The San Benito County Historical Society has acquired 13 restored and partially restored two-cylinder John Deere agricultural tractors manufactured between 1926 and 1953 and used on farms in the San Jose area. San Benito County Historical Society President John Wrobel accepted the donation from 88-year-old collector Jake Smith and transported them to the county’s Historical Park.
“He spent a good part of his life restoring these tractors as a hobby,” Wrobel said. “I told him we would put them out here at the park, he was really happy that they were going to go someplace where folks could see them and that they would get a little bit of appreciation. He shook my hand and said, ‘Come get them.’”
Smith, who was unavailable for comment, was prompted to donate the tractors after getting a foreclosure notice on the property where they had been stored. Initially, Wrobel had until early June to transport them, then found out they had to be moved instead by the end of March—which was only a week away.
“I made a whole bunch of phone calls over the course of that week,” he said, “and I rounded up half a dozen guys with pickups and trailers. We loaded them all up and moved them to a property in Gilroy. Two weeks after that, with some help, we moved them one by one to the Historical Park with the help of Tom Rider and his tilt bed truck and my son Nathan’s diesel pickup.”
Nine of the tractors are the Model D version, the most popular of the John Deere tractors, which was in production from 1923 through 1953. Using their serial numbers, Wrobel established the oldest Model Ds in the park’s collection are two that date from 1926, with the rest ranging from 1929 to 1935.
There is also one three-wheeled Model 40-S from 1953, a Model 40 from 1953, a Model MI that Wrobel dated between 1953 and 1955 and a Model L from 1940.
Most of the tractors still have their original John Deere green paint and yellow wheels and, as of five years ago, when Smith stopped working on them, all but a few have been restored to working condition.
The construction of the tractors is fairly rudimentary. There is no key to start them; the driver would set the choke on the carburetor and spin the flywheel on the side of the tractor to engage the engine. They also did not have water pumps and relied on what Wrobel described as a “thermocycle siphon system.”
“Many antique cars were designed in this same way,” he said. “As the water heats up, it rises and the cool water settles, which keeps it circulating through the system.”
Some of the tractors were fueled by a combination of gasoline and more affordable kerosene. Gasoline was used to start the engine, then the operator switched to kerosene when it began to run. They were equipped with a variety of wheels as well: rubber tires, metal rims and metal with large removable spikes attached to help with traction. Only one tractor still has the spikes. The rest—on tractors that had them—were taken off for easier transportation.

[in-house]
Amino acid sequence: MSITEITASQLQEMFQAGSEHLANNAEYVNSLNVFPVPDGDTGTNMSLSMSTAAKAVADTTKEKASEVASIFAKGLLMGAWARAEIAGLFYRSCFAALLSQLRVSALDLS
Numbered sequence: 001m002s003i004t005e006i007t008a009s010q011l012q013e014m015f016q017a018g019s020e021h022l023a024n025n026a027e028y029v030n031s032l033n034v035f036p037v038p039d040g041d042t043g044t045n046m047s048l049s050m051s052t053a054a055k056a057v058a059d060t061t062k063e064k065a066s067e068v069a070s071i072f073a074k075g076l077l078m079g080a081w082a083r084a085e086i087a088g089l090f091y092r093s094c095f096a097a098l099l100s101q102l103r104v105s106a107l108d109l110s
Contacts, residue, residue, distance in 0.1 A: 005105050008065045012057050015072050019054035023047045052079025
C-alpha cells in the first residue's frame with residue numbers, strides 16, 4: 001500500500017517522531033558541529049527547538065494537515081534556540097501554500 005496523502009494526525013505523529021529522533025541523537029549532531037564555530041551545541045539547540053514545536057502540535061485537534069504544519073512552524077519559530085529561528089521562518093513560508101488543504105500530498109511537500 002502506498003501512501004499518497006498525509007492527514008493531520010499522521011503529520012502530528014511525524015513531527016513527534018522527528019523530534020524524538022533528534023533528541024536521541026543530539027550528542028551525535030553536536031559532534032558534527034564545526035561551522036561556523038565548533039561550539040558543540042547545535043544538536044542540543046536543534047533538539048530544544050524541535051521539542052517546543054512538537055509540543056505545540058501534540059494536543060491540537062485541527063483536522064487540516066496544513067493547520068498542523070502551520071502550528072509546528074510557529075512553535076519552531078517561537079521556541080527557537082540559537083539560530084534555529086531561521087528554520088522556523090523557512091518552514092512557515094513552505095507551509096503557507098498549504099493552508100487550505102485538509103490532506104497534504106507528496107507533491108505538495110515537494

The tractors are also designed to include a belt drive wheel on the side for added functionality.
“You would block it up so it can’t go anywhere and you put a giant belt around the wheel,” Wrobel said. “And then you would have another piece of equipment, like a threshing machine or a bailing machine and that giant belt would run that machine. The tractor would just sit there but be running the other equipment.”
Besides being an important part of agricultural history for people to appreciate at the park, Wrobel has some thoughts beyond simply having them on display.
Ideas include hayrides at the park, demonstrations of the various uses the tractors could have on a farm and to run one or more of the tractors in local parades.
“Some of them have rubber tires which make them more portable,” he said. “But I know that the Agricultural History Museum project in Watsonville has some rubber things they put on their steel wheel tractors to make it easier to drive on the pavement and I’m going to probably spend a little time with them figuring it out.”
The tractors have already gained attention from park visitors, including park regular Don Cummings.
“I think they are pretty cool,” he said. “Amazing, actually. I think they are a great addition to the park and really highlight the agricultural history of this area. I would love to see some of them up and going.”
Wrobel said further donations are needed to take care of the tractors and to build a structure to protect them from the weather. He’s also looking for volunteers to help with repairs and maintenance.
“The object is to find some people who are interested in playing with mechanical things on weekends,” he said. “We will put some fluids in these tractors and see what we can do about making some of them run, then do an evaluation on which ones we can do something with. And then we just have to give them a little love.”
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